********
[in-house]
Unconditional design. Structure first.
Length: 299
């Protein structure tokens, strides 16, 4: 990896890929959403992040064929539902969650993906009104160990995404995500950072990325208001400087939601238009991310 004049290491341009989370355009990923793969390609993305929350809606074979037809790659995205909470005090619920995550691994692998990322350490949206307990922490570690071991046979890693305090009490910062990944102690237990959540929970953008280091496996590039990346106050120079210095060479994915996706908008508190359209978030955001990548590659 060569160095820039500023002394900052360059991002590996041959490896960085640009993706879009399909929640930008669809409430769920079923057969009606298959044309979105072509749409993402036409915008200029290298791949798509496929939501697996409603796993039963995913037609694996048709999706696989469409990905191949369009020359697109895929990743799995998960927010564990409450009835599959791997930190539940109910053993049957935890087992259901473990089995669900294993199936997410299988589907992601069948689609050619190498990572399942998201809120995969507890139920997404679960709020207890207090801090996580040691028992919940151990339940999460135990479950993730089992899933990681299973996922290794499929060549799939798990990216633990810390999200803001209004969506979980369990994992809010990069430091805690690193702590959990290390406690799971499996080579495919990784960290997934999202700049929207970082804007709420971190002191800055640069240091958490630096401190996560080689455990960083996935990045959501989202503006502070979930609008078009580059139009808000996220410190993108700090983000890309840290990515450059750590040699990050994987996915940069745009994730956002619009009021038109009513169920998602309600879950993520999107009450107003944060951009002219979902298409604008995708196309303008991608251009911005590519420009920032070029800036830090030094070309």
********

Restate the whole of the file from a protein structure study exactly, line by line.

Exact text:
[in-house]
Unconditional design. Structure first.
Length: 299
């Protein structure tokens, strides 16, 4: 990896890929959403992040064929539902969650993906009104160990995404995500950072990325208001400087939601238009991310 004049290491341009989370355009990923793969390609993305929350809606074979037809790659995205909470005090619920995550691994692998990322350490949206307990922490570690071991046979890693305090009490910062990944102690237990959540929970953008280091496996590039990346106050120079210095060479994915996706908008508190359209978030955001990548590659 060569160095820039500023002394900052360059991002590996041959490896960085640009993706879009399909929640930008669809409430769920079923057969009606298959044309979105072509749409993402036409915008200029290298791949798509496929939501697996409603796993039963995913037609694996048709999706696989469409990905191949369009020359697109895929990743799995998960927010564990409450009835599959791997930190539940109910053993049957935890087992259901473990089995669900294993199936997410299988589907992601069948689609050619190498990572399942998201809120995969507890139920997404679960709020207890207090801090996580040691028992919940151990339940999460135990479950993730089992899933990681299973996922290794499929060549799939798990990216633990810390999200803001209004969506979980369990994992809010990069430091805690690193702590959990290390406690799971499996080579495919990784960290997934999202700049929207970082804007709420971190002191800055640069240091958490630096401190996560080689455990960083996935990045959501989202503006502070979930609008078009580059139009808000996220410190993108700090983000890309840290990515450059750590040699990050994987996915940069745009994730956002619009009021038109009513169920998602309600879950993520999107009450107003944060951009002219979902298409604008995708196309303008991608251009911005590519420009920032070029800036830090030094070309």